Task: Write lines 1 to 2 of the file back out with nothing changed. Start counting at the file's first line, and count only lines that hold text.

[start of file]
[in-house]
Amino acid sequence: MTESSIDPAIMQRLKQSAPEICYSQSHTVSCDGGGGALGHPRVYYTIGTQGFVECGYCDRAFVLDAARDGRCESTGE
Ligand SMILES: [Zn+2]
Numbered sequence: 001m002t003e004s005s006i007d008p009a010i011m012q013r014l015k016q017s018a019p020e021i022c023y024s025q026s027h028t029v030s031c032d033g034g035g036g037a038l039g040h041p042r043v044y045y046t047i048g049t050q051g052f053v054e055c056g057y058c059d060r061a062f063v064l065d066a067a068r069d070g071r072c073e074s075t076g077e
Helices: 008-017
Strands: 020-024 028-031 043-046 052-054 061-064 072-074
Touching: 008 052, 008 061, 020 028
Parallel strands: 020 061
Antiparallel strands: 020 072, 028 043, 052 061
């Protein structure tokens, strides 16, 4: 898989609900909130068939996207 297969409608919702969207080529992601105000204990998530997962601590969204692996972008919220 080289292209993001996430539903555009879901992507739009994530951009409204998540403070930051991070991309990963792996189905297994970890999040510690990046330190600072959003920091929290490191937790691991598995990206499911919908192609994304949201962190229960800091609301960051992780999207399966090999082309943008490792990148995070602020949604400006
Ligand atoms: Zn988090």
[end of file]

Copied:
[in-house]
Amino acid sequence: MTESSIDPAIMQRLKQSAPEICYSQSHTVSCDGGGGALGHPRVYYTIGTQGFVECGYCDRAFVLDAARDGRCESTGE